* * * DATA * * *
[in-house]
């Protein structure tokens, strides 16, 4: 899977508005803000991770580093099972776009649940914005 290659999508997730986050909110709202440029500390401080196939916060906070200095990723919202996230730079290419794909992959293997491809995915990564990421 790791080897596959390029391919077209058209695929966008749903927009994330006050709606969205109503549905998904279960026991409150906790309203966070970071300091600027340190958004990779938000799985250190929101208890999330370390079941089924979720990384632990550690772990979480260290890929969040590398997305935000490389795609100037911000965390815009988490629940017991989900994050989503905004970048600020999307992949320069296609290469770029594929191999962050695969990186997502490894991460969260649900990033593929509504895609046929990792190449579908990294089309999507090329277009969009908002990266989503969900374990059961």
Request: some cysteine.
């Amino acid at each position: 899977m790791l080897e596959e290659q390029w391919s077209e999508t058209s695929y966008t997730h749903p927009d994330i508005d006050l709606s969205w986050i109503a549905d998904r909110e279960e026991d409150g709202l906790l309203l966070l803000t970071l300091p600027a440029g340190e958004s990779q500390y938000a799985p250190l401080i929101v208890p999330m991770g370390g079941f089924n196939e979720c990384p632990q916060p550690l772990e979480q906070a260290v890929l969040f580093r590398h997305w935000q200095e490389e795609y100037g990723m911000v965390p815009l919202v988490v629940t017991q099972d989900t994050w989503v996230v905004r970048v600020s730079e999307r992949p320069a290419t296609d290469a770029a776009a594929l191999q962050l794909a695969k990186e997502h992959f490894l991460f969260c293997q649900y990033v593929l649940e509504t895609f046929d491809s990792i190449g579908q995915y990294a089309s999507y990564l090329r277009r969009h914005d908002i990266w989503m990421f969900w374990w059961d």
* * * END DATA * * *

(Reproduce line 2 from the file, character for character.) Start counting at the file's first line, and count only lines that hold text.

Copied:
């Protein structure tokens, strides 16, 4: 899977508005803000991770580093099972776009649940914005 290659999508997730986050909110709202440029500390401080196939916060906070200095990723919202996230730079290419794909992959293997491809995915990564990421 790791080897596959390029391919077209058209695929966008749903927009994330006050709606969205109503549905998904279960026991409150906790309203966070970071300091600027340190958004990779938000799985250190929101208890999330370390079941089924979720990384632990550690772990979480260290890929969040590398997305935000490389795609100037911000965390815009988490629940017991989900994050989503905004970048600020999307992949320069296609290469770029594929191999962050695969990186997502490894991460969260649900990033593929509504895609046929990792190449579908990294089309999507090329277009969009908002990266989503969900374990059961």